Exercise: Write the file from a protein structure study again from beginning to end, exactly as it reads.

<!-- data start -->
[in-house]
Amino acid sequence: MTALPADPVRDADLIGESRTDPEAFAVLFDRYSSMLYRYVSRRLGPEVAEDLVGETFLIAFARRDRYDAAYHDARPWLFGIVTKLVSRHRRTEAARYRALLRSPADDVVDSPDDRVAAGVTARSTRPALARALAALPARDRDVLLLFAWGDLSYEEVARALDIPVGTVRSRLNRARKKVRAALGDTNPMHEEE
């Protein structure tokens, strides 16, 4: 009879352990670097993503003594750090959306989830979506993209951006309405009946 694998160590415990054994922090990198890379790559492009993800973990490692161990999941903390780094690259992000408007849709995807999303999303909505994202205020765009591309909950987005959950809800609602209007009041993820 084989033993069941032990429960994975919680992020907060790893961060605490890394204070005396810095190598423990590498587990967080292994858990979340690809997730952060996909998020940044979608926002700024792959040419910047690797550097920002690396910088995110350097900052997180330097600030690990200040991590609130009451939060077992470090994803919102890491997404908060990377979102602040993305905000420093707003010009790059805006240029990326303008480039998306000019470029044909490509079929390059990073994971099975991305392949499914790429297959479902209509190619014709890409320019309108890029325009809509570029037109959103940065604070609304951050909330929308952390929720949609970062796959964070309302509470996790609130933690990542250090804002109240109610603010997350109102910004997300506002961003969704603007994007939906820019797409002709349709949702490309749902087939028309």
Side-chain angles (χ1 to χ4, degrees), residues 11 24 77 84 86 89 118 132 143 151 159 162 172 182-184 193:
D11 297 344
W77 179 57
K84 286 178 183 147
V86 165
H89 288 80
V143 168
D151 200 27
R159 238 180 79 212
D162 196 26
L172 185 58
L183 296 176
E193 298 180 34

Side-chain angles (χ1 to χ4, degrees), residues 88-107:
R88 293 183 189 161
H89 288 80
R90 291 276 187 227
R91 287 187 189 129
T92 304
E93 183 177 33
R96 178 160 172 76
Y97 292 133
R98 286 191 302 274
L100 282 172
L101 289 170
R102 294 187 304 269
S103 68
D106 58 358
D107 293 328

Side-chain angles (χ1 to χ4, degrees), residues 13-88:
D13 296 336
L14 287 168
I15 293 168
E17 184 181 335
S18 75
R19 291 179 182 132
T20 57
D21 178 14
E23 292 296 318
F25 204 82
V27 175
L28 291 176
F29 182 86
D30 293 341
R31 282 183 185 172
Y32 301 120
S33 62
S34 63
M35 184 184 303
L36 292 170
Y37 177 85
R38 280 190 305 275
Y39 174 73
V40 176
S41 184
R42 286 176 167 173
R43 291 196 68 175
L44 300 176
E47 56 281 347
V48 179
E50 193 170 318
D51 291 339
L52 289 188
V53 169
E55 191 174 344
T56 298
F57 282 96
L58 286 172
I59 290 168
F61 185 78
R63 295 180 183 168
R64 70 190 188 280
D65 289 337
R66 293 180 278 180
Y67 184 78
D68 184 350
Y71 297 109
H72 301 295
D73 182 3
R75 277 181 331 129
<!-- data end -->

[in-house]
Amino acid sequence: MTALPADPVRDADLIGESRTDPEAFAVLFDRYSSMLYRYVSRRLGPEVAEDLVGETFLIAFARRDRYDAAYHDARPWLFGIVTKLVSRHRRTEAARYRALLRSPADDVVDSPDDRVAAGVTARSTRPALARALAALPARDRDVLLLFAWGDLSYEEVARALDIPVGTVRSRLNRARKKVRAALGDTNPMHEEE
């Protein structure tokens, strides 16, 4: 009879352990670097993503003594750090959306989830979506993209951006309405009946 694998160590415990054994922090990198890379790559492009993800973990490692161990999941903390780094690259992000408007849709995807999303999303909505994202205020765009591309909950987005959950809800609602209007009041993820 084989033993069941032990429960994975919680992020907060790893961060605490890394204070005396810095190598423990590498587990967080292994858990979340690809997730952060996909998020940044979608926002700024792959040419910047690797550097920002690396910088995110350097900052997180330097600030690990200040991590609130009451939060077992470090994803919102890491997404908060990377979102602040993305905000420093707003010009790059805006240029990326303008480039998306000019470029044909490509079929390059990073994971099975991305392949499914790429297959479902209509190619014709890409320019309108890029325009809509570029037109959103940065604070609304951050909330929308952390929720949609970062796959964070309302509470996790609130933690990542250090804002109240109610603010997350109102910004997300506002961003969704603007994007939906820019797409002709349709949702490309749902087939028309």
Side-chain angles (χ1 to χ4, degrees), residues 11 24 77 84 86 89 118 132 143 151 159 162 172 182-184 193:
D11 297 344
W77 179 57
K84 286 178 183 147
V86 165
H89 288 80
V143 168
D151 200 27
R159 238 180 79 212
D162 196 26
L172 185 58
L183 296 176
E193 298 180 34

Side-chain angles (χ1 to χ4, degrees), residues 88-107:
R88 293 183 189 161
H89 288 80
R90 291 276 187 227
R91 287 187 189 129
T92 304
E93 183 177 33
R96 178 160 172 76
Y97 292 133
R98 286 191 302 274
L100 282 172
L101 289 170
R102 294 187 304 269
S103 68
D106 58 358
D107 293 328

Side-chain angles (χ1 to χ4, degrees), residues 13-88:
D13 296 336
L14 287 168
I15 293 168
E17 184 181 335
S18 75
R19 291 179 182 132
T20 57
D21 178 14
E23 292 296 318
F25 204 82
V27 175
L28 291 176
F29 182 86
D30 293 341
R31 282 183 185 172
Y32 301 120
S33 62
S34 63
M35 184 184 303
L36 292 170
Y37 177 85
R38 280 190 305 275
Y39 174 73
V40 176
S41 184
R42 286 176 167 173
R43 291 196 68 175
L44 300 176
E47 56 281 347
V48 179
E50 193 170 318
D51 291 339
L52 289 188
V53 169
E55 191 174 344
T56 298
F57 282 96
L58 286 172
I59 290 168
F61 185 78
R63 295 180 183 168
R64 70 190 188 280
D65 289 337
R66 293 180 278 180
Y67 184 78
D68 184 350
Y71 297 109
H72 301 295
D73 182 3
R75 277 181 331 129